H(X ) 0; Equality if X deterministic.
H(X ) log M ; Equality if X equiprobable.
If X and Y are indep endent random symb ols,
then the

MARKOV CHAINS
A nite state Markov chain is a sequence S0, S1, . . .
of discrete cvs from a nite alphab et S where
q0(s) is a pmf on S0 and for n 1,
Q(s|s ) = Pr(Sn=s|Sn1=s )
= Pr(Sn=s|Sn1=s , Sn2 = sn2 . . . , S0=s0)
for all choices of sn2 . . . , s0, We

The Lemp el-Ziv algorithm matches the longest
string of yet unenco ded symb ols with strings
starting in the window.
Window size w is large p ower of 2, mayb e 217.
log w bits to enco de u, 2 log n + 1 bits for n
w = window
P
n=3
Match
b c d a c b a b a c

Measure and complements
We listed the rational numb ers in [T /2, T /2]
as a1, a2, . . .
cfw_
k
ai =
k
([ai, ai]) = 0
i=1
i=1
The complement of k=1 ai is k=1 ai where ai
i
i
is all t [T /2.T /2] except ai.
Thus k=1 ai is a union of k+1 intervals, lling
i

Functions not limited in time
We can segment an arbitrary L2 function into
segments of width T . The mth segment is
um(t) = u(t)rect(t/T m). We then have
u(t) = l.i.m.m0
m0
m=m0
um(t)
This works b ecause u(t) is L2. The energy in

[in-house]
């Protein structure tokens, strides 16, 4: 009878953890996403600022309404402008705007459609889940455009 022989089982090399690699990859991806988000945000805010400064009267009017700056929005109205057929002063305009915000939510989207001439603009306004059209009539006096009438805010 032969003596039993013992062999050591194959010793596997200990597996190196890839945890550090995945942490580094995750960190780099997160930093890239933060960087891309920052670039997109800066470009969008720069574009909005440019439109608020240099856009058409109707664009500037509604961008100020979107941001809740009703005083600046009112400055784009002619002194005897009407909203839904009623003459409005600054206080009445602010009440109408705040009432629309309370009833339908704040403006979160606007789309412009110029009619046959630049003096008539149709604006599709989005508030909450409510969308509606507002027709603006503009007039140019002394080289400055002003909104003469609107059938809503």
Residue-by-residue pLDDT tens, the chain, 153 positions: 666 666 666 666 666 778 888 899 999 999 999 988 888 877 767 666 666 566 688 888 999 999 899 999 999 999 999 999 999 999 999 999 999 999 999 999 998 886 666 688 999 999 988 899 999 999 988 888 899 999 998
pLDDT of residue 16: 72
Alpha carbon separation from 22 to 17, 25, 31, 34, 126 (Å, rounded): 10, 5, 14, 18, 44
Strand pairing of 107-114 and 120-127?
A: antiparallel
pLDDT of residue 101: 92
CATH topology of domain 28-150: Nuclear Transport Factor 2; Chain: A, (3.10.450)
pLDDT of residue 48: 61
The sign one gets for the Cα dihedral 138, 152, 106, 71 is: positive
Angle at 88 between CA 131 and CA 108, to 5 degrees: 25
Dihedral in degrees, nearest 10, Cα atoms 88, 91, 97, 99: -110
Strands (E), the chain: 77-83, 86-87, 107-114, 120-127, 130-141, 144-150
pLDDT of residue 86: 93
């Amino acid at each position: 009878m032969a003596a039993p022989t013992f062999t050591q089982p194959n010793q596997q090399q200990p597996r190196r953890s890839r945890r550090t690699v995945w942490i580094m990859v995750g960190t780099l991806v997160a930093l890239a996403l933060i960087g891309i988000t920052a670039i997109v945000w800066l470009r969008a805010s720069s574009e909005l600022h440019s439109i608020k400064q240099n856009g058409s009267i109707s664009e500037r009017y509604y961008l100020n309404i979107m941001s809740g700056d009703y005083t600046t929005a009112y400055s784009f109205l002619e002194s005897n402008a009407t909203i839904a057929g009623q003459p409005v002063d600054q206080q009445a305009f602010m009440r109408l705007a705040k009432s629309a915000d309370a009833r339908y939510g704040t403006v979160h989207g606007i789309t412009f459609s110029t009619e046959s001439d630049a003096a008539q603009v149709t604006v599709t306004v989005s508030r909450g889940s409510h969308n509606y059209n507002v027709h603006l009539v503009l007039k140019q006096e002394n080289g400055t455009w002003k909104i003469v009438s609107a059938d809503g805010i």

um(t) must go to 0 as m .

Fourier
series
f
2ik 2f
W rect
u (f ) = k u k e
2W
f
1 W u(f )e2ik 2W d
u k = 2W W
f
T/F dual
t
uk e2ikt/T rect( T )
k=
1 T /2
uk = T T /2 u(t)e2ikt/T dt
DTFT
u(t) =
Fourier
transform
Sampling
u(t) = 2W uk sinc(2W t k)
k=
uk = 21 u( 2k )
W
W
1
The

6.450 Principles of Digital Communication
MIT, Fall 2009
Due Mon, Sep 21, at beginning of class
Problem Set 1
Problem 1- Problem 2.14 from Gallagers book.
Problem 2- In class, we proved Kraft inequality by mapping each codeword to a rational
number in the

6.450 Principles of Digital Communication
MIT, Fall 2009
Wednesday October 21, 2009
Quiz 1
You have 90 minutes to complete the quiz.
This is an open-book quiz. You may use your book and three pages of note. Calcu
lators are allowed, but probably wont

6.450 Introduction to Digital Communication
MIT, Fall 2002
November 6, 2002
Lecture 16: Spectral Density, Orthonormal Expansions
1
Review of linear functionals and filters
Let g 1 , . . . , g j0 be a given set of real L2 waveforms (such as a finite orthon

6.450 Introduction to Digital Communication
MIT, Fall 2002
November 25, 2002
Lecture 20: Wireless Communication Systems
1
Introduction
During the next three weeks we provide a brief treatment of wireless digital communication
systems. As the name suggests